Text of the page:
General Ban on Satellite Antennas not Permitted

The Federal Constitutional Court 1 BvR 1314/11 of 31.03.2013 had to decide whether or not a general ban on satellite dishes in private apartments could be generally forbidden or not. It also set out the rules for having a satellite bowl on the roof. This decision is about a Turkoman with Turkmenian background belongs to the Turkic minority living in Turkey having its own language. [PPD_PAYTOREADMORE]Since cable TV does not offer any programs in the Turkmenian language, the tenants installed a satellite bowl on the roof. The landlord protested and since the tenants did not give in, he took it to court. This case wrote history because it went through all the courts to be finally decided by the Federal Constitutional Court on the very general and conceptual question: Can a landlord deny the permission for a satellite antenna in all cases – just because he does not want them installed on his house?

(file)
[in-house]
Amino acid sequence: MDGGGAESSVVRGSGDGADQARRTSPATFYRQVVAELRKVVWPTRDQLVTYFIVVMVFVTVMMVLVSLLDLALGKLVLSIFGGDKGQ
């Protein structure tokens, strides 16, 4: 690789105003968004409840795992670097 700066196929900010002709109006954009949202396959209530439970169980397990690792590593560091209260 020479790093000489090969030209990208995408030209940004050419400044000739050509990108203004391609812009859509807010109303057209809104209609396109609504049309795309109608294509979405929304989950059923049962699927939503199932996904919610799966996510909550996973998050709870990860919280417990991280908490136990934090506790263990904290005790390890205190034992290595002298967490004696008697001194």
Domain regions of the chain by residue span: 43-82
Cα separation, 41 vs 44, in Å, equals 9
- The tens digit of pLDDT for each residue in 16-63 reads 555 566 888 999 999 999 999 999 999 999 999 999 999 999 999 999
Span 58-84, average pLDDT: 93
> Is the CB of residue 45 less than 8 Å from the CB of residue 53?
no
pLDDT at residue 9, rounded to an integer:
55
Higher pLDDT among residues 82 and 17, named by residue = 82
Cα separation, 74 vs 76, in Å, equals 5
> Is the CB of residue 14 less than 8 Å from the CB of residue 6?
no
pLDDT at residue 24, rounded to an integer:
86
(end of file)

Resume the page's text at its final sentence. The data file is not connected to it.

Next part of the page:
The Federal Constitutional Court decided that there is no general ban permitted. In each and every individual case, the landlord must weigh whose interests are more important: the landlord’s interest in an optically unobstructed building or the tenant’s constitutional freedom of interest for information (Art. 5 GG) or less technically worded, the available programs with or without satellite. In this case, the provided cable TV did not provide any programs in Turkmen or on the Turkmenian people. Generally, the landlord does his best when he provides cable TV unless a reasonable number of programs from home are not available by cable and only available via satellite. If further programs can only be received with a reasonable fee is irrelevant. To prevent misuse or unreasonable demands, tenants  claiming such lack of programs from home have to  prove that they really live following their traditions and speak their national language.

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